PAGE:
The type of overtraining that I’m talking about isn’t the “I did biceps curls two days in a row,” it’s the, “…I just worked out for 30 straight days, and I’m exhausted…,” type of overtraining. The former might end up just being wasted time and sore biceps. The latter could manifest in the symptoms stated at the beginning. The problem is that there is no magic 8-ball that tells you when you are drifting into overtraining territory. It’s a very personal experience. You need to be dialed into how you feel and how your body/psyche usually respond to training. If any of those indicators starts to deviate in negative way (using the list above as warning signs), you should consider taking a break.

This doesn’t mean packing yourself in bubble wrap, and laying in bed for the next week. I’m talking about taking a break from your current exercise program, and not being afraid to stop lifting weights or doing hardcore HIIT for a week or so. You can still move around – go for walks, do some low impact yoga, or just general movement. BUT, you should take a very deliberate break from the exercise patterns that got you here in the first place.

An article on suggests that you should consider a recovery week after 8-10 weeks of focused training. I don’t think that message is just for the folks that have an interest in bodybuilding, are aspiring bodybuilders, or are professional bodybuilders. I think that message can apply to anybody that engages in fitness multiple days per week.

The proliferation of programs such as Insanity, P90X, Daily Burn, and the like have taught us how to cram a lot of training into a short period of time. Don’t get me wrong, I’m a huge fan of these programs under the right circumstances. I’ve done the 60 days of Insanity, and its intense. I mean INTENSE. Even that program recommended a solid week off before considering one of its Insanity/P90X hybrid workouts. Whether its fully packaged programs like the ones I mentioned, or a personalized “boot camp” style program that is hardcore HIIT many times per week, we might falsely conclude that such a pace is sustainable for a long period of time.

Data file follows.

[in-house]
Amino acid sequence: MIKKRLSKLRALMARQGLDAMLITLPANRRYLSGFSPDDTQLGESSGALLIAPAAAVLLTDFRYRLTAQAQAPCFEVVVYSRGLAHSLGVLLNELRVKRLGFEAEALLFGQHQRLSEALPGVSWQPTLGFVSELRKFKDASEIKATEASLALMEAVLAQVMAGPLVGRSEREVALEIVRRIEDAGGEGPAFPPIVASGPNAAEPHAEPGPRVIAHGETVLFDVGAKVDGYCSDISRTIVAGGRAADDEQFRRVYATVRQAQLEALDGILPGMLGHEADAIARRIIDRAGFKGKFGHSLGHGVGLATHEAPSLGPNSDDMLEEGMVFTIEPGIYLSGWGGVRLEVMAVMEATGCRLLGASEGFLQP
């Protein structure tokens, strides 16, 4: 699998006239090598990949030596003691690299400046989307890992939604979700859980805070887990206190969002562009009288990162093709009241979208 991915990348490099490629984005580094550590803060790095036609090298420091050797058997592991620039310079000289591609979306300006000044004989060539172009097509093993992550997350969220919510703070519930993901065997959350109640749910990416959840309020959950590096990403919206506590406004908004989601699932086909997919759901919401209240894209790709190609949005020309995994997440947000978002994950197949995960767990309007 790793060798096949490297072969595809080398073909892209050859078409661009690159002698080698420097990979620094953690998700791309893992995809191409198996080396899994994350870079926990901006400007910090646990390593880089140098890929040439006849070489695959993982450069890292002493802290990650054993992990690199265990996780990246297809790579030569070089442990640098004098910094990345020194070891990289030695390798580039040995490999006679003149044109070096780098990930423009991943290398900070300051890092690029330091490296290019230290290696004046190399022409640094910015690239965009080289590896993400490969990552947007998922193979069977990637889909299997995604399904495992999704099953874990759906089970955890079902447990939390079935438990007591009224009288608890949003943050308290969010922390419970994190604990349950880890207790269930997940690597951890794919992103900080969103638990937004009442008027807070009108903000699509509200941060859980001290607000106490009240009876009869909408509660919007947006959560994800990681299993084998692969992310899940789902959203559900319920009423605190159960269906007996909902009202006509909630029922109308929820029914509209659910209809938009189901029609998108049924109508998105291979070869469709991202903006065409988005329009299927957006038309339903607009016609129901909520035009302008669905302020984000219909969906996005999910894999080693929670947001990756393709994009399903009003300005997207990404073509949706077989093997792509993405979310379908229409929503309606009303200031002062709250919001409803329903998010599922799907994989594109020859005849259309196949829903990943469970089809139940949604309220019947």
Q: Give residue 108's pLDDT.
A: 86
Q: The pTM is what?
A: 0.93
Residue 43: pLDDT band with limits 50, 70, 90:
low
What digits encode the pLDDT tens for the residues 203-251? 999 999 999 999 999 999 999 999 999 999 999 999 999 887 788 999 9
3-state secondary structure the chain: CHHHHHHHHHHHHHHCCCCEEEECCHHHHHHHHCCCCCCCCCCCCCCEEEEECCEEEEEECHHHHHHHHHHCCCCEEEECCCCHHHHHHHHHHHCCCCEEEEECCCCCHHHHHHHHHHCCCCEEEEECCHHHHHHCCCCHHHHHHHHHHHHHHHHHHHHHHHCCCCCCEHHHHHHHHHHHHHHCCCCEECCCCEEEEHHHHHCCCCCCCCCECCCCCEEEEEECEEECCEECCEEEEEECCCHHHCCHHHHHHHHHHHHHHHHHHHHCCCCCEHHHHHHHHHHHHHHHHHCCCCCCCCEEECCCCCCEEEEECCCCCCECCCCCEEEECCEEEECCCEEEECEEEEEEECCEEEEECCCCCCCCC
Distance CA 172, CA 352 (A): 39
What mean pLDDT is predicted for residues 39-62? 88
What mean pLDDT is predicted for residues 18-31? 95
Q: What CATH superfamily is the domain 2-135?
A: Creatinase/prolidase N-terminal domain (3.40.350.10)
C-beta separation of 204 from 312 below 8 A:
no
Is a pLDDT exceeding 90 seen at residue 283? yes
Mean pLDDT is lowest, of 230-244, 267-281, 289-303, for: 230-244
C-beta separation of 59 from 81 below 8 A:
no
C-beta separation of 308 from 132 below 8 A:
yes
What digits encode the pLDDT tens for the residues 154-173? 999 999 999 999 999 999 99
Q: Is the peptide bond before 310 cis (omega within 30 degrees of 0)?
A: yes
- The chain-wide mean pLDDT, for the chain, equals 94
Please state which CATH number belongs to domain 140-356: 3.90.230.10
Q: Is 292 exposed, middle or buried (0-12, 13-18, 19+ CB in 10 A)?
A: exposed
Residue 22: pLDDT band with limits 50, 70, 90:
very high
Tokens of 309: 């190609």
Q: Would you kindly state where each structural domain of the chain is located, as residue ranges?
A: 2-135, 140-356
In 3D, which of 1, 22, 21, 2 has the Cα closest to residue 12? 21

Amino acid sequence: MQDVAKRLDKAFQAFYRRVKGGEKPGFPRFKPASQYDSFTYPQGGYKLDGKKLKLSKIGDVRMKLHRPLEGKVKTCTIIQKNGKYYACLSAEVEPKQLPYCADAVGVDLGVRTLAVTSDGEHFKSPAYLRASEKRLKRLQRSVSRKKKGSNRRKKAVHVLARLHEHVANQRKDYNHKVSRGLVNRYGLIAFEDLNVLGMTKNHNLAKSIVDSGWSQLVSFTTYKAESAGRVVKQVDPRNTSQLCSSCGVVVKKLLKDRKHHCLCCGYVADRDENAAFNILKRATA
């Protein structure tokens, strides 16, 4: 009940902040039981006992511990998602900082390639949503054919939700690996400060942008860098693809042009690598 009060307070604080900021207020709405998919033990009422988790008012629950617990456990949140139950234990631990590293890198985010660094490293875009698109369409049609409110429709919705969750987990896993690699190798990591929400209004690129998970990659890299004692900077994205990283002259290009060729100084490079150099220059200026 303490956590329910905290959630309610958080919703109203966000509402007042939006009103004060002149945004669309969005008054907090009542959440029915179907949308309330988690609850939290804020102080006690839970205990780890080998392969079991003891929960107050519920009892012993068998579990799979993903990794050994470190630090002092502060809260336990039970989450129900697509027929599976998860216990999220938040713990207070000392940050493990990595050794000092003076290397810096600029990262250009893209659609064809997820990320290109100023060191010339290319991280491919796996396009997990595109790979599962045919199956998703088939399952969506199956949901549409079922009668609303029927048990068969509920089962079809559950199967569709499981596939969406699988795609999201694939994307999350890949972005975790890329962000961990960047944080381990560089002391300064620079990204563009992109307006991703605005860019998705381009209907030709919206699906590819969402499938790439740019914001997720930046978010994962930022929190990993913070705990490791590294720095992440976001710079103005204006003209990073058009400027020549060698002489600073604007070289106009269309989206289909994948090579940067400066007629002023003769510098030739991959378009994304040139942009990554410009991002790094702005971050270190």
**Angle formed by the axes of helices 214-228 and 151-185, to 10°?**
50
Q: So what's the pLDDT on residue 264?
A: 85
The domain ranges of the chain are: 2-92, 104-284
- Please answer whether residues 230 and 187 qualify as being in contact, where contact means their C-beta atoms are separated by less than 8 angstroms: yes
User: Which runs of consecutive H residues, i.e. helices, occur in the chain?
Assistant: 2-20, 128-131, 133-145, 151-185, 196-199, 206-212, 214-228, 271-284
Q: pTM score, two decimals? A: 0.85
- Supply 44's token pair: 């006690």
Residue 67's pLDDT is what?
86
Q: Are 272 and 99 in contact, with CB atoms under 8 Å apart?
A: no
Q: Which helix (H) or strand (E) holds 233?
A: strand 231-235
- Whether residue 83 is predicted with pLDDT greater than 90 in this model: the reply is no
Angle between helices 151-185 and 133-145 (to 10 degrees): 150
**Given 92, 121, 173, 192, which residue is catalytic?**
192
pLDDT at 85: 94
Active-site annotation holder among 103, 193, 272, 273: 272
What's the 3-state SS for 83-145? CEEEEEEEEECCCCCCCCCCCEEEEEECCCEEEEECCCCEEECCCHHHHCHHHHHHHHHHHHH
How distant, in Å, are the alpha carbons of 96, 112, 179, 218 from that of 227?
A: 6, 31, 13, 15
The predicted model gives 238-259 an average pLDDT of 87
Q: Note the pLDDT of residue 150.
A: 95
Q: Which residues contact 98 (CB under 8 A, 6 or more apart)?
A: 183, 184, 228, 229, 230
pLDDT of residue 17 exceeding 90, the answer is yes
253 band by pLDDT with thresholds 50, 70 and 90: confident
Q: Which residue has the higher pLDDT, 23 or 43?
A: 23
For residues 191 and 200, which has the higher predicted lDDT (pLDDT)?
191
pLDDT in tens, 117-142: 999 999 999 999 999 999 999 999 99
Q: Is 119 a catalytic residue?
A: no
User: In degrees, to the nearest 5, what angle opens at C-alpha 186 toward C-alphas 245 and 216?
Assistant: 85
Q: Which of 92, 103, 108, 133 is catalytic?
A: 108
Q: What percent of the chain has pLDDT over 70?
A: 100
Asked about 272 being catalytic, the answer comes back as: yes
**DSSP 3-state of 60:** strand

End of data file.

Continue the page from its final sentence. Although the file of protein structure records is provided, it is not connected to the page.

It isn’t. Even elite athletes need a break.

Don’t be fearful of losing the body-type that you’ve worked so hard for, and don’t be fearful of losing reps at the gym. You can take a break and come back just as fit/strong, and put yourself in a position to be stronger. The other option is less appealing. You can try training through the warning signs, but they won’t go away. They might get worse. You might get worse.

My own personal experience inspired this post. I’m currently taking a good solid week off of my program. I’ve noticed a symptom or two recently. So, I checked my workout calendar, and I’ve probably been going too hard. In the month of April, I worked out 26 of the 30 days that month. In May, I wasn’t quite as hard, but still only averaged about 1-2 days rest. Going back even further, February and March were hard training months. That was a response to my first couple of weeks in January being light (due to the birth of my son – I wanted to get back on the horse quickly). In any event, I concluded that I ramped up and hit kind of a breakneck pace. My sleep was really starting to suffer. And, my performance wasn’t trending the direction I like. The final determinate was my kettlebell workout on Sunday. After my 14th set (I was trying to get to 20 sets), I felt a little “off,” so I stopped immediately, rehydrated, ate something, and just relaxed the rest of the day. That is when I started thinking about my training behaviors for the past few months.

It felt like time for a break. So, I’m going to enjoy this next week off, and let my body have an extended period to take a breath and repair itself.

Have you ever “overtrained?” If so, what was your experience, and how long did you take a break? If you enjoyed this post, please be sure to “like” and “share.” Thank you.